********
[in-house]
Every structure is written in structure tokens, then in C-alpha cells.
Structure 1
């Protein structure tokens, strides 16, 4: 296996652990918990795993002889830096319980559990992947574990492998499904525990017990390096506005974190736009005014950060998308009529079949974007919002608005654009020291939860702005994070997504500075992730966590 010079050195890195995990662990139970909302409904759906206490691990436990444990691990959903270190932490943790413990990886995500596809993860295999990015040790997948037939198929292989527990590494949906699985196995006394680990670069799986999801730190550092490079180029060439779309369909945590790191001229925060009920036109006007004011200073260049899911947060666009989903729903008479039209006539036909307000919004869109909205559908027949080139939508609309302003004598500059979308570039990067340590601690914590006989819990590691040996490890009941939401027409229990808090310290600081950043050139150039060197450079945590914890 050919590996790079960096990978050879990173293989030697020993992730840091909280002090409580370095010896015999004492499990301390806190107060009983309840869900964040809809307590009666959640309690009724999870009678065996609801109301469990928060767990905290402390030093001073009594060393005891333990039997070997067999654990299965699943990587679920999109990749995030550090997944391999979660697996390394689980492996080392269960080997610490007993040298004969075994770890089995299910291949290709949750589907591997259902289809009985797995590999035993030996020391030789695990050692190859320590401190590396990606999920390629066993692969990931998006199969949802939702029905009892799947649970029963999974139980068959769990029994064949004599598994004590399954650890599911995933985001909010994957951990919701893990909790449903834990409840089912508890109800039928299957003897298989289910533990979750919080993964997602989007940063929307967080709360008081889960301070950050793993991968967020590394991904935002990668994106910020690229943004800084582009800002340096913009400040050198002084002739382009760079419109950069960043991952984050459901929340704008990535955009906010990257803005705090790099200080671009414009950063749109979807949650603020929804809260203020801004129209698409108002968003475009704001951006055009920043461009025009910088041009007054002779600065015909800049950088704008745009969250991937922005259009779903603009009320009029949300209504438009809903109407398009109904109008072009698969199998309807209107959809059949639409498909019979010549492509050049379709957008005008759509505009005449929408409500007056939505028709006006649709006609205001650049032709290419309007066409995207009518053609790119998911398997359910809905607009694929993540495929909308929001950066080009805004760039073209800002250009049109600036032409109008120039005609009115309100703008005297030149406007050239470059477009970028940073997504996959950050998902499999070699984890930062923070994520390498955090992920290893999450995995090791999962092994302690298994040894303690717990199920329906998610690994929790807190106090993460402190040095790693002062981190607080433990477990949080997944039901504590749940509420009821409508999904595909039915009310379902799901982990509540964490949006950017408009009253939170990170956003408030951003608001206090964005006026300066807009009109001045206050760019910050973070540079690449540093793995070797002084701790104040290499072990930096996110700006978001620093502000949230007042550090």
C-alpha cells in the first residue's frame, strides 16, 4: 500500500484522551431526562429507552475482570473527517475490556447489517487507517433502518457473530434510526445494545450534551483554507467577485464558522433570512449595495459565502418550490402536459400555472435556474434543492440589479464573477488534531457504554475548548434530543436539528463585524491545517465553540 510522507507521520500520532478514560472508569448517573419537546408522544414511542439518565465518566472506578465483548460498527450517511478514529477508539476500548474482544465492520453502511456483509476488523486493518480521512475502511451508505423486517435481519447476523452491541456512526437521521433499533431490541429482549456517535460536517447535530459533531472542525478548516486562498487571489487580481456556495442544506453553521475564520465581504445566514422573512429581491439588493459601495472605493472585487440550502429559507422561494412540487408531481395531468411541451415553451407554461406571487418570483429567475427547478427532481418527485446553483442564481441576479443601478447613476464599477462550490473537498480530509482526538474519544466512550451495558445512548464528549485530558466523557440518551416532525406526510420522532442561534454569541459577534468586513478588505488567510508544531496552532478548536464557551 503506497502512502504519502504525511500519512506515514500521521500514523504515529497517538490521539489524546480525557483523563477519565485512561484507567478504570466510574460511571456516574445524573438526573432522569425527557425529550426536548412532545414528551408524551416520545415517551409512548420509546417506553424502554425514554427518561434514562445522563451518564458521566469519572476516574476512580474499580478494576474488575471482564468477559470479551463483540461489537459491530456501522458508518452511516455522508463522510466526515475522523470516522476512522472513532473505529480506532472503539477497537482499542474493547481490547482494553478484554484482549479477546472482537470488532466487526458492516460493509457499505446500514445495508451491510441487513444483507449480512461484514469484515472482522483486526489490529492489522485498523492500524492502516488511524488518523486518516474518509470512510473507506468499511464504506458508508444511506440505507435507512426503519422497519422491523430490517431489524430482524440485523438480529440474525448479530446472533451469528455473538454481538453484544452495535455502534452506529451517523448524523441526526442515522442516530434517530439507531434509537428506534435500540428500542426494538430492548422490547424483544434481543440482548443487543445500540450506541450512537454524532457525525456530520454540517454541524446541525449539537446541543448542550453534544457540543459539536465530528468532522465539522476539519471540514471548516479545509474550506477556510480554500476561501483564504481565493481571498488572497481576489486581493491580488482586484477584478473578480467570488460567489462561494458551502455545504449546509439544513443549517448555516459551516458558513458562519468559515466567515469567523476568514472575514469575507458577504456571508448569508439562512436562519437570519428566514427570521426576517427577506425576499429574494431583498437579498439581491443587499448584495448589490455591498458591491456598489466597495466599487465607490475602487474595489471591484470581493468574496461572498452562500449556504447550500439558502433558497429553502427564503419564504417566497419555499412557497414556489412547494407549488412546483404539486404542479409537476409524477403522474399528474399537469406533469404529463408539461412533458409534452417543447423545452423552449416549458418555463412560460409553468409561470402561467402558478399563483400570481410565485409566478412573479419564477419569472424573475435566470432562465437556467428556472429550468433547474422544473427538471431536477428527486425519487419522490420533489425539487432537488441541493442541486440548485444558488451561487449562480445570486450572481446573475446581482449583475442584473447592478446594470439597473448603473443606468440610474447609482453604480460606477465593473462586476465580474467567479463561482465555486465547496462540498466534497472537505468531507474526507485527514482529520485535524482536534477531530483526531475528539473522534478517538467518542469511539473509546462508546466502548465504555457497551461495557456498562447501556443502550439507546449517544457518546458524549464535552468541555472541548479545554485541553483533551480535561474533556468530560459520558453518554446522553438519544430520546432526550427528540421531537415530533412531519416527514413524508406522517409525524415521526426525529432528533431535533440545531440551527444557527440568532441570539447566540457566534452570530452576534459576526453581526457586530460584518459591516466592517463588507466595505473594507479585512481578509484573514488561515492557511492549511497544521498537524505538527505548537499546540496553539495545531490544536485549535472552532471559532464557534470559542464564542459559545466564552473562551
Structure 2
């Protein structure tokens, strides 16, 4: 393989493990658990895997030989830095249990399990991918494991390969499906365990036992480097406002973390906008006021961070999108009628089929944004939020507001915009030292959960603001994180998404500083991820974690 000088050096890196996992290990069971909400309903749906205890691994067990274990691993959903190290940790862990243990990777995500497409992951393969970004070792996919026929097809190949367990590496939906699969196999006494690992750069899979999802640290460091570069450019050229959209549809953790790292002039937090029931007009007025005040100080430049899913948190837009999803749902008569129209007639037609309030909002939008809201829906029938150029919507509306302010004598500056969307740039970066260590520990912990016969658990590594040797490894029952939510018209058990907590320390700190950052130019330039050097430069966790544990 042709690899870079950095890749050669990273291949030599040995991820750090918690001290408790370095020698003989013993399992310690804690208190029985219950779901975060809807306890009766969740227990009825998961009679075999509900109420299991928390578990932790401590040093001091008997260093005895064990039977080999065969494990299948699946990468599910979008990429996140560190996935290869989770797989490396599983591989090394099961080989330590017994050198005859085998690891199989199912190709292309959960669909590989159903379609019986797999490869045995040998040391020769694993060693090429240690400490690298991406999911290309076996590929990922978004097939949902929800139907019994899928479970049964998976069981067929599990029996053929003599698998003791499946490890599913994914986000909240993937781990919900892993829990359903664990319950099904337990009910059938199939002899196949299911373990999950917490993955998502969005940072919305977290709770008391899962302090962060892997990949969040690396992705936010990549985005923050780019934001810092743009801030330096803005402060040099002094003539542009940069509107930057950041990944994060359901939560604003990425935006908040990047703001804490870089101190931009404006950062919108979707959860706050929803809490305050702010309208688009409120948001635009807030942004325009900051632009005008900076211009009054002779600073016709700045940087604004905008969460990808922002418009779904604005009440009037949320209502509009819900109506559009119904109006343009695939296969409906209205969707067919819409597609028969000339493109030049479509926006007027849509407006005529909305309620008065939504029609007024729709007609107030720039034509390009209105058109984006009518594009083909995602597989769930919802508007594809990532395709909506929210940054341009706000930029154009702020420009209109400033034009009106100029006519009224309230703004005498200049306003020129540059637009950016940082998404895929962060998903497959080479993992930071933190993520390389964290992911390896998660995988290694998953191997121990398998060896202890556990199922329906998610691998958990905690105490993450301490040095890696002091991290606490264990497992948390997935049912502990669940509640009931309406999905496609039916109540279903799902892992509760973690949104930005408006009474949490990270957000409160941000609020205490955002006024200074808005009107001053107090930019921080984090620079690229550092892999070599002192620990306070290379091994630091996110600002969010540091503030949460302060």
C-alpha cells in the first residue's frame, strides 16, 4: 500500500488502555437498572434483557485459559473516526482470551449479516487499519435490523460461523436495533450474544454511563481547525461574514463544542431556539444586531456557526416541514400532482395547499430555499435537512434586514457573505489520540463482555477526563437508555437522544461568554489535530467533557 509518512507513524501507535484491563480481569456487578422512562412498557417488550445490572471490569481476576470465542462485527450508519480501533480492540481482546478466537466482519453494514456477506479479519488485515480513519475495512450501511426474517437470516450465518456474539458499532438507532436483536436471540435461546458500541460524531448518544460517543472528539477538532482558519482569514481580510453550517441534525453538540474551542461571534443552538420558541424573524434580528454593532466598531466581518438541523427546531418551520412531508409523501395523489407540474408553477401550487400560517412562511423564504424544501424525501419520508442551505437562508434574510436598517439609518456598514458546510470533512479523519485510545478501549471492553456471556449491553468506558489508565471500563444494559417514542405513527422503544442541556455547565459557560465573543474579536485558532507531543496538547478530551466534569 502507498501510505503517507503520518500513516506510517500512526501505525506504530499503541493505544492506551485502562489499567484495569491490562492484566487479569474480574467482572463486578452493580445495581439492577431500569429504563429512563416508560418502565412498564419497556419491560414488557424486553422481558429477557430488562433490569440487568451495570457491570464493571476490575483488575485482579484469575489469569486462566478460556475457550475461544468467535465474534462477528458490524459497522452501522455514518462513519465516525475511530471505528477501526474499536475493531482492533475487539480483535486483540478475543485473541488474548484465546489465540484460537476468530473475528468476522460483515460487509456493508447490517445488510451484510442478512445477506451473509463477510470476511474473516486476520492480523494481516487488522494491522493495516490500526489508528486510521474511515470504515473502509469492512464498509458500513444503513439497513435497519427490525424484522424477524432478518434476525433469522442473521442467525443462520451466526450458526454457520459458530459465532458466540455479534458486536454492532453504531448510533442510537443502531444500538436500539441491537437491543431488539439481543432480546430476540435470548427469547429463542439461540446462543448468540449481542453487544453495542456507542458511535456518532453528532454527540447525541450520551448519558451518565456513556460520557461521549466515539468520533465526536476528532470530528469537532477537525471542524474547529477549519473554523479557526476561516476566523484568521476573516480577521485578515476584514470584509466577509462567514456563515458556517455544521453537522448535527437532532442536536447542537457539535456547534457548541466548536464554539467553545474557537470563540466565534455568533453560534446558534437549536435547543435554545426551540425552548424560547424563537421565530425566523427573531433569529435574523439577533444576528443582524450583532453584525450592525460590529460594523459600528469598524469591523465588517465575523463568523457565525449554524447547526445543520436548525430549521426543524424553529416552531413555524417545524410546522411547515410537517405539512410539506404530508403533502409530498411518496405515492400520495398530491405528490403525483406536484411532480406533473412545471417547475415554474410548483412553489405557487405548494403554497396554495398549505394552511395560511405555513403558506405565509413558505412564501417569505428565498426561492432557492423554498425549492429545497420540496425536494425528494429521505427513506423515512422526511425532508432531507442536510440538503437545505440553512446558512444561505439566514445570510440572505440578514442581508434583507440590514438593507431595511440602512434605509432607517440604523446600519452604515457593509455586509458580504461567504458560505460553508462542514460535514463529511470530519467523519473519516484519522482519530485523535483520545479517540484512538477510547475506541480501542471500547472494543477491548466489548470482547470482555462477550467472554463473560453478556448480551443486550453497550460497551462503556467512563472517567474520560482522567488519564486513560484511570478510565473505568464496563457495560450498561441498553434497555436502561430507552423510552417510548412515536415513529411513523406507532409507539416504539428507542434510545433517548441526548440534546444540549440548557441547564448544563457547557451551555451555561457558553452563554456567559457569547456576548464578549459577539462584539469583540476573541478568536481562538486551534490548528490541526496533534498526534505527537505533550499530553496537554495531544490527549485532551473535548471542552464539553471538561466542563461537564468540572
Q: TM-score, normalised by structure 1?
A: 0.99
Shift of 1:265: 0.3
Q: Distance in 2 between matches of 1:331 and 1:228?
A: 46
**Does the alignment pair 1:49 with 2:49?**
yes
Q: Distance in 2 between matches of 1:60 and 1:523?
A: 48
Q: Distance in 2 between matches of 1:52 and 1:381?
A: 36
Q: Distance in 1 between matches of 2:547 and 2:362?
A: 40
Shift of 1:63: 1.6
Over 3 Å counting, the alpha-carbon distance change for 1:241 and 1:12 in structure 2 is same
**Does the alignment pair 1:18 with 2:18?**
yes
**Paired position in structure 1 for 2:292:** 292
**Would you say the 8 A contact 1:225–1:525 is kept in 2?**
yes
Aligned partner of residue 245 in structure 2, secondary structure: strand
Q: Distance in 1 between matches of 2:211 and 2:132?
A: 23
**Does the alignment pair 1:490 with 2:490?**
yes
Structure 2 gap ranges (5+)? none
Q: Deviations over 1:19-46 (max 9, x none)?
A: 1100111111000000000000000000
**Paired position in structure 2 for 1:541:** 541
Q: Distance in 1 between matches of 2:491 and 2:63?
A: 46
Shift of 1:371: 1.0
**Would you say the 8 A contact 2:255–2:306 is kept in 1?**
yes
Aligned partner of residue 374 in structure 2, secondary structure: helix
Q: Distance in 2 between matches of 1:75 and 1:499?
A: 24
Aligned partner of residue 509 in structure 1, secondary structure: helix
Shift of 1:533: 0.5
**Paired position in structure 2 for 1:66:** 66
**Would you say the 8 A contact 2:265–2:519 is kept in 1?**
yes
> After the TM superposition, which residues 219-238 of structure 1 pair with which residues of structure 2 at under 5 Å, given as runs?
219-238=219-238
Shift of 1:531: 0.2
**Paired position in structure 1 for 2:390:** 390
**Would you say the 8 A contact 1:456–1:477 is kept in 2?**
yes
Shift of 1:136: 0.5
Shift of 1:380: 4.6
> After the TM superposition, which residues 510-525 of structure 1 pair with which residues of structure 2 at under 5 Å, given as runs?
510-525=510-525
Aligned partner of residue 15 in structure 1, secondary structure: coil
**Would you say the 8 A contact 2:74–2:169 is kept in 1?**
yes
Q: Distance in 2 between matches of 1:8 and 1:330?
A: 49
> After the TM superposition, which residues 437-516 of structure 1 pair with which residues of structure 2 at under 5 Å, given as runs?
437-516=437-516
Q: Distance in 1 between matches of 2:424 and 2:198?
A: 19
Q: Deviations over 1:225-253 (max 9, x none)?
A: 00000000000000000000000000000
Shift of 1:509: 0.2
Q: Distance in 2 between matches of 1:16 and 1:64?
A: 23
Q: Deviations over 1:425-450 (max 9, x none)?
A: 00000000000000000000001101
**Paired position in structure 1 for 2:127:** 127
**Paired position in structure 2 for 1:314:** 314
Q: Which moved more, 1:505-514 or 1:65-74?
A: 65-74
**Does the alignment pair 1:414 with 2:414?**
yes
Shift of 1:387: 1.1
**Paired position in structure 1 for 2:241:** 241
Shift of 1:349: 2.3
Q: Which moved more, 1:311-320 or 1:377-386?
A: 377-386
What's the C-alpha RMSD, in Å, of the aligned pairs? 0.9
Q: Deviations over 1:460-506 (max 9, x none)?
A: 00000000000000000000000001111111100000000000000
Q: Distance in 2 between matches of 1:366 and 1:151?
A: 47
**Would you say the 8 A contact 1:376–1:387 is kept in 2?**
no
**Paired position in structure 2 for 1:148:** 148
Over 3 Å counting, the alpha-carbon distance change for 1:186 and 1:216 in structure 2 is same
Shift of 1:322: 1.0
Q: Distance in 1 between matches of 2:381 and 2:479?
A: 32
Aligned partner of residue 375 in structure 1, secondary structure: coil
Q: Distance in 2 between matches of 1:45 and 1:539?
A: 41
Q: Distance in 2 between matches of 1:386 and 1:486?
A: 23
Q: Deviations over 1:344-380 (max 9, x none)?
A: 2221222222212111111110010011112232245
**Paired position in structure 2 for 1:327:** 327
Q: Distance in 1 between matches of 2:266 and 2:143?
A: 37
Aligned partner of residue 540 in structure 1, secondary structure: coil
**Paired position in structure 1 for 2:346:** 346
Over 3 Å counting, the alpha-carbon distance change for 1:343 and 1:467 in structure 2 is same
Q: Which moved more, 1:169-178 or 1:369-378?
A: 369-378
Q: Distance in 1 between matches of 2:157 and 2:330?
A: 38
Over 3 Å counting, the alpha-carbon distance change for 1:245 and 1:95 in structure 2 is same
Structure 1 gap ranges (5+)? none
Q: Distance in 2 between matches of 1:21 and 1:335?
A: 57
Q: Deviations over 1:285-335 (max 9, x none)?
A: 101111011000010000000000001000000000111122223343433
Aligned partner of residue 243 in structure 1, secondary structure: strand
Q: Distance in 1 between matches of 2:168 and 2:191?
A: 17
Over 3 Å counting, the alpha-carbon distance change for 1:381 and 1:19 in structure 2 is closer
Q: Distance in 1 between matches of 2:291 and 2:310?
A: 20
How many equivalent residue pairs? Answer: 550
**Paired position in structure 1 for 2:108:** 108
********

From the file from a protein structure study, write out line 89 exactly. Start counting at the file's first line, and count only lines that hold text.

Q: Deviations over 1:460-506 (max 9, x none)?